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Scanlann, a royal captive from Ossory, were arranged. Both arrangements are attributed to Columba's influence, and a very ancient authority (Preface to Amra Choluimcille; 'Lebor na Huidre facs.) also ascribes a third decision to him. The exactions of the bards and senachies had roused general indignation, and their order was threatened with destruction. He obtained terms for them ; they were to be moderate in their satires, their visits were not to be too long, and their demands for reward were to be moderate. They assented, and continued for centuries to perambulate the country, to praise or to satirise kings, lords and squires, farmers and ecclesiastics, till in the present reign their last representatives were reduced, in the general ruin of the literature of Ireland, to a chair by the kitchen fire in winter and a meal on the doorstep in summer. In 585 Columba again visited Ireland, stayed at his monastery of Burrow and afterwards at Clonmacnois.

From his distant island he ruled other churches in the western isles, and many in Ireland, of which the chief were Derry, Durrow, Kells (Meath), Tory, Drumcliff, Swords, Raphoe, Kilmore, Moone, Clonmore, Rechra (Lambay), Kilmacrenan, Gartan, Temple-douglas, Assylyn, Skreen (Meath), Skreen (Tyrone), Skreen (Derry), Drumcolumb, Mismor Loch Gowna, Emlaghfad, Glencolumbkille (Clare), Kilcolumb, Knock, Termon Ma- guirk, Cloghmore, Columbkille (Kilkenny), Ardcolum, Armagh, Mornington, Desertegny, Clonmany, Desertoghill, Ballymagroarty, Ballymagrorty, Glencolumbkille (Donegal), Eskaheen (Adamnan, Life of Columba, ed. Reeves, p. 276). Of the saint's life in his island a vivid picture is given in Adamnan's ' Vita Sancti Columbse. The author was Columba's ecclesiastical successor and his kinsman, and in his youth knew some who had been contemporaries of the saint. The earliest existing manuscript of the life is almost as old as the time of Adamnan. Carlyle had read the book often and admired it. ' You can see,' he said, ' that the man who wrote it would tell no lie ; what he meant you cannot always find out, but it is clear that he told things as they appeared to him.' The object of the life is not to give dates or descriptions, but to exhibit the saintly character of Columba. In the account, however, of his prophetic revelations, of his miracles, and of his angelic visions, the three sections of the biography, his way of life, his disposition, and his tastes, are easily learned. Most of what are described as wonders are simple events which take their miraculous colour from the observer's belief in the constant interposition of providence in daily life. He spent the day in religious exercises, in manual labour, and in writing. If his monastery was governed by a precise and definite code, it has not survived. The Irish 'Regula Choluimcille,' transcribed by Michael O'Clery (printed in Reeves's 'Primate Colton's Visitation,' p. 109), consists of general exhortations to holy poverty (rule 2), to obedience (rules 2, 8, 3), to seclusion from the world (rules 1, 4, 5, 6, and 7), to readiness for martyrdom (rules 9 and 10), to the general practice of Christian morality (rules 11, 12, 13, 14, 19, 20, 23, 24, and 25), to silence (rule 22), to -prayer (rules 27, 28, and 29), while two of the rules, 16 and 17, are somewhat more definite, and ordered 'three labours in the day, prayers, work, and reading,' and ' to help the neighbours, namely by instruction, or writing, or sewing garments, or by whatever labour they may be in want of.' This is perhaps the rule of which St. Wilfrith spoke in his discussion at Strenaeshalch with Colman (Bædæ Historia Ecclesiastica gentis Anglorum, iii. 25, ed. Cologne, 1601, p. 134), saying, ' De parte (leg. patre) autem vestro Columba et sequacibus ejus, quorum sanctitatem vos imitari et regulam ac prsecepta coelestibus signis confirmata sequi perhibetis.'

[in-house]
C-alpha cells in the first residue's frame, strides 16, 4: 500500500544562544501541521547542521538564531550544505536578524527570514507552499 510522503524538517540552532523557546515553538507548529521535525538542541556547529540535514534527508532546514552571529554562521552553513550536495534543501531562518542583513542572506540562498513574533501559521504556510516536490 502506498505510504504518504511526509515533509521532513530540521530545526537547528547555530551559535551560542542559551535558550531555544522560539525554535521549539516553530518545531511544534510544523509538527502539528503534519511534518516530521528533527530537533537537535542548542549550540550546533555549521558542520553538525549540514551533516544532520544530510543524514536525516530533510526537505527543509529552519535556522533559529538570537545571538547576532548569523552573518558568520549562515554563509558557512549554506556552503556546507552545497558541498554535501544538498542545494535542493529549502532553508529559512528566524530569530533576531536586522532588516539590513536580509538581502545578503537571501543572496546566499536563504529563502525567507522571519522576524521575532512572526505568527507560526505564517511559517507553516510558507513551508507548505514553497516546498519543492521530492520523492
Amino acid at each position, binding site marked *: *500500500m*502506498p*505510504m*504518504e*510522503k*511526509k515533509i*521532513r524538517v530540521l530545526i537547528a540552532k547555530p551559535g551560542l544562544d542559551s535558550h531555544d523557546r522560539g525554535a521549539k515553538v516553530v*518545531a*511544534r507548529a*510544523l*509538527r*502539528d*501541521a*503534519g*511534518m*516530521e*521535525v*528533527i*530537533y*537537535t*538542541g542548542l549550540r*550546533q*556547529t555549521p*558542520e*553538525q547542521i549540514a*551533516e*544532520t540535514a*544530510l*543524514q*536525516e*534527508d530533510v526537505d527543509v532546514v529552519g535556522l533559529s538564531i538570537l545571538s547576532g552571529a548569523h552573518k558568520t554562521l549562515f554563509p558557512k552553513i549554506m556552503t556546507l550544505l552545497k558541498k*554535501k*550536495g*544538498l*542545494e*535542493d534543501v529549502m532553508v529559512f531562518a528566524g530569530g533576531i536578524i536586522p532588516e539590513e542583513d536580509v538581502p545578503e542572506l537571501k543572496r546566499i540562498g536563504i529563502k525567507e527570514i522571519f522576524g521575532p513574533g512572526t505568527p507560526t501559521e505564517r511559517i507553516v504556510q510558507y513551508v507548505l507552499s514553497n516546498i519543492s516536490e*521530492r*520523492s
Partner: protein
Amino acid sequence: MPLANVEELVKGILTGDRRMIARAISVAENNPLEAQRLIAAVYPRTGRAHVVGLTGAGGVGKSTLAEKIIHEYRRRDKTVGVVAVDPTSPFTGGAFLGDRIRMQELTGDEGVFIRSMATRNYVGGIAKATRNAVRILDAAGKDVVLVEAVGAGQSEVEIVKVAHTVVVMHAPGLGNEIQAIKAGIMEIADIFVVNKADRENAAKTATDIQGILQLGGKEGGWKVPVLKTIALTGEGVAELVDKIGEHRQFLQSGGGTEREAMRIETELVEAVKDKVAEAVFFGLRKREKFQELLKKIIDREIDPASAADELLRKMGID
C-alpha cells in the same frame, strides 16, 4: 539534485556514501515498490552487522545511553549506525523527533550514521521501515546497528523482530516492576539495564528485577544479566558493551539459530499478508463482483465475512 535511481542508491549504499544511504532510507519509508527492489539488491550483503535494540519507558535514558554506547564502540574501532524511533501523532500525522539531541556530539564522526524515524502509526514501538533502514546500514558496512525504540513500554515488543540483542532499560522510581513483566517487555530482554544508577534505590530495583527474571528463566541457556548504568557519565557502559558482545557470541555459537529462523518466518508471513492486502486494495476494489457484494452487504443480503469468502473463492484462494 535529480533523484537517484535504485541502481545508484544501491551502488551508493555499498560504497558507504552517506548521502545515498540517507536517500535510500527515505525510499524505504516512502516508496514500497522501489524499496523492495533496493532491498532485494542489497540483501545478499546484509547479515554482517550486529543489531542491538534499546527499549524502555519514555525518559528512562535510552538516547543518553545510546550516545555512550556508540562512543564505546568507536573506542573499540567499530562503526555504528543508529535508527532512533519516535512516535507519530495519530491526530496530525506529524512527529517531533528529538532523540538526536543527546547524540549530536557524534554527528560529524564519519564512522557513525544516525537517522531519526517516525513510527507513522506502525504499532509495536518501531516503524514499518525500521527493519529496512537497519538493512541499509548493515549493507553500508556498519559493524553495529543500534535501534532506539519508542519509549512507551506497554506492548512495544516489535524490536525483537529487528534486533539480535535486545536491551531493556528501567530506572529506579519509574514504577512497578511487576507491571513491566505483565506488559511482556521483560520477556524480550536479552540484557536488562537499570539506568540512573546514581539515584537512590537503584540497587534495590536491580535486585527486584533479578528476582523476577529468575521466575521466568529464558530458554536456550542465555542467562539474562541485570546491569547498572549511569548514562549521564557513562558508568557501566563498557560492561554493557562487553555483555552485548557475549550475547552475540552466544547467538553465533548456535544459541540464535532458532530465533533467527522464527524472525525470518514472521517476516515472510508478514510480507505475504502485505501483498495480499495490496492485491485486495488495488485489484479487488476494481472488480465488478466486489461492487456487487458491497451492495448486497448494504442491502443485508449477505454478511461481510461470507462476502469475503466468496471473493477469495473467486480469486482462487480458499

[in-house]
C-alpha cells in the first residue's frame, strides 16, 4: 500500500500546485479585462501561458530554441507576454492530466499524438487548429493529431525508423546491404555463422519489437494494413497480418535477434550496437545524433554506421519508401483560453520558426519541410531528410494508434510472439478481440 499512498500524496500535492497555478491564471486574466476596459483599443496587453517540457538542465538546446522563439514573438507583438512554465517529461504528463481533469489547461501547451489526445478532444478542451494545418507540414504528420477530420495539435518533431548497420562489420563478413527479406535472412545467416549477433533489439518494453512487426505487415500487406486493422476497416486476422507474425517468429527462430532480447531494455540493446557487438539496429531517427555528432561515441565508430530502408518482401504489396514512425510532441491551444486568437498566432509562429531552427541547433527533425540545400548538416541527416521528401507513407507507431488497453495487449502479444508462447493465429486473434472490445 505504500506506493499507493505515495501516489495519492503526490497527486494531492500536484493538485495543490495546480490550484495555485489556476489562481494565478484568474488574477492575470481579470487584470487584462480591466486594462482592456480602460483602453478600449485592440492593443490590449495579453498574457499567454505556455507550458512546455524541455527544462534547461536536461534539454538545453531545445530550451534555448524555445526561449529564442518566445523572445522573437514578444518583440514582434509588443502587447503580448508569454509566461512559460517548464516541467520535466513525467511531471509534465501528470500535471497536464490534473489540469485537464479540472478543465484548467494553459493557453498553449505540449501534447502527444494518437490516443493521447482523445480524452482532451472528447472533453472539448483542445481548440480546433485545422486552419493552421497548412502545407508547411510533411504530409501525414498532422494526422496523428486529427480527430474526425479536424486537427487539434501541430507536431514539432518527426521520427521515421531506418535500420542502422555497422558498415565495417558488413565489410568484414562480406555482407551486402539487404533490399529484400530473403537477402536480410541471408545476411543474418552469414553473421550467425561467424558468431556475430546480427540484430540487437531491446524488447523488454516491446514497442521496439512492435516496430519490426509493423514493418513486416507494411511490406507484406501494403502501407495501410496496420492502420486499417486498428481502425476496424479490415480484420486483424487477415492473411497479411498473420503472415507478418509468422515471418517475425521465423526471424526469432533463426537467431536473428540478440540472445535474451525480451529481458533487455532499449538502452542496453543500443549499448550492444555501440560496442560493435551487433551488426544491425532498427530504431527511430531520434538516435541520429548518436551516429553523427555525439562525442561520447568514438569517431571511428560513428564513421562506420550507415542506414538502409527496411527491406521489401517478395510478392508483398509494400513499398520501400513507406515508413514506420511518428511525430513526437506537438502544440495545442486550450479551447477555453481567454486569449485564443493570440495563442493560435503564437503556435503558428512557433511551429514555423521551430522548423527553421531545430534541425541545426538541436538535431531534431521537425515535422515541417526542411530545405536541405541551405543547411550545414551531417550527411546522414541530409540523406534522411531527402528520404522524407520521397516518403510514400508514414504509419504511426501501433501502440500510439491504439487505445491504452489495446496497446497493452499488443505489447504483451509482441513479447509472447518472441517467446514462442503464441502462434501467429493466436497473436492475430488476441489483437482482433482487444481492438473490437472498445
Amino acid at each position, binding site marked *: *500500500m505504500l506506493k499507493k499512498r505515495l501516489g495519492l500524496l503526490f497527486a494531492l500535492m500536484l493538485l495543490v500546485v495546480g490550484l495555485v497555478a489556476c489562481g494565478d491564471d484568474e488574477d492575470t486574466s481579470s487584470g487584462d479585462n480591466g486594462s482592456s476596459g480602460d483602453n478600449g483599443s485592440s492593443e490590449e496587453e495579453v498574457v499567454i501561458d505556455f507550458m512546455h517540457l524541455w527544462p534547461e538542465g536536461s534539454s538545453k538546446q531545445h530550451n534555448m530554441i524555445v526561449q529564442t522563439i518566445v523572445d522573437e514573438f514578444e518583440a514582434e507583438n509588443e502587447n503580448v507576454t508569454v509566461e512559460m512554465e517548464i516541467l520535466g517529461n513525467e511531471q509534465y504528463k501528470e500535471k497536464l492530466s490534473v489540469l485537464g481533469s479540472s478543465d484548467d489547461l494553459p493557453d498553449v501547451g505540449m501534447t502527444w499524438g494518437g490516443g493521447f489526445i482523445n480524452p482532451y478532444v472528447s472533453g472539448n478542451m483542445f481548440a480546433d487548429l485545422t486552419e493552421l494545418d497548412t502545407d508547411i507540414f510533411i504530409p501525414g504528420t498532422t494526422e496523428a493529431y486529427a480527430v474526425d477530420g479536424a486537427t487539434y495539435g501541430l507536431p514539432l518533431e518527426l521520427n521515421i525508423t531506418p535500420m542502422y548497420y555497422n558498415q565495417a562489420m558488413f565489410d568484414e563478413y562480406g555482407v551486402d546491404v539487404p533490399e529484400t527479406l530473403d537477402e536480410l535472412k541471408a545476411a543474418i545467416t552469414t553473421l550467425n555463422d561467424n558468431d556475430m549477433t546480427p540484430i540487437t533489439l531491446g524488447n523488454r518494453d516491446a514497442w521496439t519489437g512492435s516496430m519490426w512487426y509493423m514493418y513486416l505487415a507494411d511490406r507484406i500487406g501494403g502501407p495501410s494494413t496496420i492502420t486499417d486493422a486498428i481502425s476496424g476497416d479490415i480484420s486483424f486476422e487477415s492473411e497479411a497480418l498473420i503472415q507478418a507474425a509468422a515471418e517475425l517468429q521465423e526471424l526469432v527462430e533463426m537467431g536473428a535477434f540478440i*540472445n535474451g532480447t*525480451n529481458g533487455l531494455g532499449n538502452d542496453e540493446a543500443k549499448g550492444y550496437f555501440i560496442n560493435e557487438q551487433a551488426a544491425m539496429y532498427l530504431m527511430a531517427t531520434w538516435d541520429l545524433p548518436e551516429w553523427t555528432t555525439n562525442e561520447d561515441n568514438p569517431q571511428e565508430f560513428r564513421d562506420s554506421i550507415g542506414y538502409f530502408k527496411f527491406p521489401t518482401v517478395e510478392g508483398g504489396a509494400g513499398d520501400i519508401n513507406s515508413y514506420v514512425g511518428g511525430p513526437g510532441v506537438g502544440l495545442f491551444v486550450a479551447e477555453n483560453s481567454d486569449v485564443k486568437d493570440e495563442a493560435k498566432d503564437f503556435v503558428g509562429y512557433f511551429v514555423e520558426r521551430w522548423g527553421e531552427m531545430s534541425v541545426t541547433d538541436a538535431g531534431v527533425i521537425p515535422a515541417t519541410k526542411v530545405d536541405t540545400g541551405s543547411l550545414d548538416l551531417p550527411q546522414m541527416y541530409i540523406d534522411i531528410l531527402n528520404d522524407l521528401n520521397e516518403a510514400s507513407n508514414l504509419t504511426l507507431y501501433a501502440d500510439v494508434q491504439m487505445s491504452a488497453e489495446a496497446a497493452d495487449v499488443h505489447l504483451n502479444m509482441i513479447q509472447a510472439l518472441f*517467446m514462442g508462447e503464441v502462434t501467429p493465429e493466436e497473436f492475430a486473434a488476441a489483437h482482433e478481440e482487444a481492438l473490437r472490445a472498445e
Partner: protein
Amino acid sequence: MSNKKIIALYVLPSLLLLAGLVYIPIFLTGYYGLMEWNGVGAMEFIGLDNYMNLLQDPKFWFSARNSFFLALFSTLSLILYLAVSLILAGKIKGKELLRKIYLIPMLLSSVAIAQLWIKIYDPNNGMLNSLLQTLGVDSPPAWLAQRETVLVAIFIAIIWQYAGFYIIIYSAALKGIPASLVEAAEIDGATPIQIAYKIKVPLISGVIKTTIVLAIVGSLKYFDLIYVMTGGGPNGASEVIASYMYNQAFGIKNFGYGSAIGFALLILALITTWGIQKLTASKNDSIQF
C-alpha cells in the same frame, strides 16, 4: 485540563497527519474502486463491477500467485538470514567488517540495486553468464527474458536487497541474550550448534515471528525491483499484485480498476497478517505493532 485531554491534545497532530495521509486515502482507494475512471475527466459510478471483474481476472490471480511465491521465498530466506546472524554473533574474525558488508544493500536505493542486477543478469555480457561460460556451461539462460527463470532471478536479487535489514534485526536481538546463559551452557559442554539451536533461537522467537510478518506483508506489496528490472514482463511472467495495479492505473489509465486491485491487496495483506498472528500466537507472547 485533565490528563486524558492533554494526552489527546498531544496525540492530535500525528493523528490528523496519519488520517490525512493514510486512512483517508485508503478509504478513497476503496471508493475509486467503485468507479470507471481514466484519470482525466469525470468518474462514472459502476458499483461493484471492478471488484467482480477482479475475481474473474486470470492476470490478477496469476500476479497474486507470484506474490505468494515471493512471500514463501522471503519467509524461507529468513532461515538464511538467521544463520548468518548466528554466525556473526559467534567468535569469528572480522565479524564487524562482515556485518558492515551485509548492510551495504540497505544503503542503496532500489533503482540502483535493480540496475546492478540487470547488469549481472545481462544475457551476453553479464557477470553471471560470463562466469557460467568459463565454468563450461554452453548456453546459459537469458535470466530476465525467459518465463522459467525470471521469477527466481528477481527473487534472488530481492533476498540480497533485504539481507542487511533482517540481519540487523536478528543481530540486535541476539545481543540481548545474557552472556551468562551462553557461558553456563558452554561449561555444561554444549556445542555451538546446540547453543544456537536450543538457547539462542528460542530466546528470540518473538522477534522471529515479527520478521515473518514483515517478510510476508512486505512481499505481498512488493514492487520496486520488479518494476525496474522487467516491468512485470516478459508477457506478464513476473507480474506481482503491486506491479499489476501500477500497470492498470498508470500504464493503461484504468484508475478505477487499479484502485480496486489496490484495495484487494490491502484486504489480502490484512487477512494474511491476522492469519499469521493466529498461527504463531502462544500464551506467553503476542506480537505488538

The arrangements of the community which Columba founded and over which he ruled are traceable in his biography. He looked upon monastic life as a military service of Christ. The monastic society was modelled on the secular institutions with which the saint was familiar, and consisted of an abbot (or chief) and of a muinter, family or clan. Columba himself, the abbot, was in priest's orders, and all his successors styled themselves ' abbas et presbyter.' He permitted no episcopal jurisdiction within the monastery, but often entertained bishops, employed them to ordain, and treated them with veneration, as in superior orders. His authority was absolute. Besides the regular hours for devotion he sometimes called the brethren suddenly to the church and there exhorted them from the altar. He instituted a feast on the day of the death of Colman mac U-loigse, and dispensed the community from fastingon the advent of a guest. He gave a benediction as a formal exeat from the island, and sometimes forbade people to land on it, sometimes he crossed over to the mainland of Scotland, preaching to the Picts and baptising converts. Columba named his own successor, but evidently intended the office to be elective in a particular line, as were the chiefships of the Irish clans ; of his eleven immediate successors nine were certainly of his kin, one was probably so, and one only was not a descendant of Conall Gulban. The family,